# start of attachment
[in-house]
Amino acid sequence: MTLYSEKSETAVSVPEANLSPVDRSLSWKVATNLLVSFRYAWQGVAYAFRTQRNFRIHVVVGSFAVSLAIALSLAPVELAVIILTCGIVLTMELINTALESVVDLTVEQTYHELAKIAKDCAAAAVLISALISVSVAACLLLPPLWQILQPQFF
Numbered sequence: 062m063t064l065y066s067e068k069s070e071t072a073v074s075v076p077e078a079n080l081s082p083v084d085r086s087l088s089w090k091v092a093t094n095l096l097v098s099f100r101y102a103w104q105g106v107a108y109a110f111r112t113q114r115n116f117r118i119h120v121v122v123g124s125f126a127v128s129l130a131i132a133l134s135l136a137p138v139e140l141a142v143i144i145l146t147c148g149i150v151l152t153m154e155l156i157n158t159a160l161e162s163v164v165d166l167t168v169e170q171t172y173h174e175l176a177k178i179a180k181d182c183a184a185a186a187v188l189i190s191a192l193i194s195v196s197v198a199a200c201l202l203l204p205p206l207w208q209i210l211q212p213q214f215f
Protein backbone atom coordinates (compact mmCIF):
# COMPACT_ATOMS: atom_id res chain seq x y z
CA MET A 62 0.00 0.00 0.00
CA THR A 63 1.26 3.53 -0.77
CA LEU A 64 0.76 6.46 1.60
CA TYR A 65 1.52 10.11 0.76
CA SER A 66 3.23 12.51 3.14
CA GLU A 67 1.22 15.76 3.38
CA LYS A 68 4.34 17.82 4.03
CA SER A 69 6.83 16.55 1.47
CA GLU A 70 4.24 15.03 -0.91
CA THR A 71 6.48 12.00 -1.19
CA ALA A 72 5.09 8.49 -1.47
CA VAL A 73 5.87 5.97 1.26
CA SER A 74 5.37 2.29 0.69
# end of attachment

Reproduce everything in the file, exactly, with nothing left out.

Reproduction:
[in-house]
Amino acid sequence: MTLYSEKSETAVSVPEANLSPVDRSLSWKVATNLLVSFRYAWQGVAYAFRTQRNFRIHVVVGSFAVSLAIALSLAPVELAVIILTCGIVLTMELINTALESVVDLTVEQTYHELAKIAKDCAAAAVLISALISVSVAACLLLPPLWQILQPQFF
Numbered sequence: 062m063t064l065y066s067e068k069s070e071t072a073v074s075v076p077e078a079n080l081s082p083v084d085r086s087l088s089w090k091v092a093t094n095l096l097v098s099f100r101y102a103w104q105g106v107a108y109a110f111r112t113q114r115n116f117r118i119h120v121v122v123g124s125f126a127v128s129l130a131i132a133l134s135l136a137p138v139e140l141a142v143i144i145l146t147c148g149i150v151l152t153m154e155l156i157n158t159a160l161e162s163v164v165d166l167t168v169e170q171t172y173h174e175l176a177k178i179a180k181d182c183a184a185a186a187v188l189i190s191a192l193i194s195v196s197v198a199a200c201l202l203l204p205p206l207w208q209i210l211q212p213q214f215f
Protein backbone atom coordinates (compact mmCIF):
# COMPACT_ATOMS: atom_id res chain seq x y z
CA MET A 62 0.00 0.00 0.00
CA THR A 63 1.26 3.53 -0.77
CA LEU A 64 0.76 6.46 1.60
CA TYR A 65 1.52 10.11 0.76
CA SER A 66 3.23 12.51 3.14
CA GLU A 67 1.22 15.76 3.38
CA LYS A 68 4.34 17.82 4.03
CA SER A 69 6.83 16.55 1.47
CA GLU A 70 4.24 15.03 -0.91
CA THR A 71 6.48 12.00 -1.19
CA ALA A 72 5.09 8.49 -1.47
CA VAL A 73 5.87 5.97 1.26
CA SER A 74 5.37 2.29 0.69